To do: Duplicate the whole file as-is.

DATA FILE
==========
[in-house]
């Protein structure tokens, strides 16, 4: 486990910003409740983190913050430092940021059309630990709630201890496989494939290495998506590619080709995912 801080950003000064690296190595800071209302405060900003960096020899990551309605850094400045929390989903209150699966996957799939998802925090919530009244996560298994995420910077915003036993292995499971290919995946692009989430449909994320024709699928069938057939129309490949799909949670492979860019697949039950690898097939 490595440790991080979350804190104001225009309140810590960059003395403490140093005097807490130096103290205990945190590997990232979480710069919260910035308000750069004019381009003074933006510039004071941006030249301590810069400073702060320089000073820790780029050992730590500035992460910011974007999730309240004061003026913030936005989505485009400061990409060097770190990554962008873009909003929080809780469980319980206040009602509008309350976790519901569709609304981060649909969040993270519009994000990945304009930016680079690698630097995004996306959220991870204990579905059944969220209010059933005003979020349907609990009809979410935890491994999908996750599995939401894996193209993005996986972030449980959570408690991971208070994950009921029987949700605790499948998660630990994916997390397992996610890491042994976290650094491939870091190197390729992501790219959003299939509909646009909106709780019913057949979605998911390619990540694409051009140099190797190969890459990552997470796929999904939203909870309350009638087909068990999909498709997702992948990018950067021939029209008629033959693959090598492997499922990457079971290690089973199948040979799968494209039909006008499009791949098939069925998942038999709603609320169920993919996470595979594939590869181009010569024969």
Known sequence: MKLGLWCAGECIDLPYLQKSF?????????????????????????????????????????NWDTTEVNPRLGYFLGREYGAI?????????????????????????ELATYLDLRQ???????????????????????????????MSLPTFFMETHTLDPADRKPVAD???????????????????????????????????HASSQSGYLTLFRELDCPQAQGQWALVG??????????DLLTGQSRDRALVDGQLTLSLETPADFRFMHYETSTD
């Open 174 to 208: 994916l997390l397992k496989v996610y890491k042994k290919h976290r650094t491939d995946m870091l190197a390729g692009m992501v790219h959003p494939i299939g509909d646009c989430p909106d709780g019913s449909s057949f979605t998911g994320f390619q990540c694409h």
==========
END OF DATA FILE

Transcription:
[in-house]
């Protein structure tokens, strides 16, 4: 486990910003409740983190913050430092940021059309630990709630201890496989494939290495998506590619080709995912 801080950003000064690296190595800071209302405060900003960096020899990551309605850094400045929390989903209150699966996957799939998802925090919530009244996560298994995420910077915003036993292995499971290919995946692009989430449909994320024709699928069938057939129309490949799909949670492979860019697949039950690898097939 490595440790991080979350804190104001225009309140810590960059003395403490140093005097807490130096103290205990945190590997990232979480710069919260910035308000750069004019381009003074933006510039004071941006030249301590810069400073702060320089000073820790780029050992730590500035992460910011974007999730309240004061003026913030936005989505485009400061990409060097770190990554962008873009909003929080809780469980319980206040009602509008309350976790519901569709609304981060649909969040993270519009994000990945304009930016680079690698630097995004996306959220991870204990579905059944969220209010059933005003979020349907609990009809979410935890491994999908996750599995939401894996193209993005996986972030449980959570408690991971208070994950009921029987949700605790499948998660630990994916997390397992996610890491042994976290650094491939870091190197390729992501790219959003299939509909646009909106709780019913057949979605998911390619990540694409051009140099190797190969890459990552997470796929999904939203909870309350009638087909068990999909498709997702992948990018950067021939029209008629033959693959090598492997499922990457079971290690089973199948040979799968494209039909006008499009791949098939069925998942038999709603609320169920993919996470595979594939590869181009010569024969």
Known sequence: MKLGLWCAGECIDLPYLQKSF?????????????????????????????????????????NWDTTEVNPRLGYFLGREYGAI?????????????????????????ELATYLDLRQ???????????????????????????????MSLPTFFMETHTLDPADRKPVAD???????????????????????????????????HASSQSGYLTLFRELDCPQAQGQWALVG??????????DLLTGQSRDRALVDGQLTLSLETPADFRFMHYETSTD
């Open 174 to 208: 994916l997390l397992k496989v996610y890491k042994k290919h976290r650094t491939d995946m870091l190197a390729g692009m992501v790219h959003p494939i299939g509909d646009c989430p909106d709780g019913s449909s057949f979605t998911g994320f390619q990540c694409h």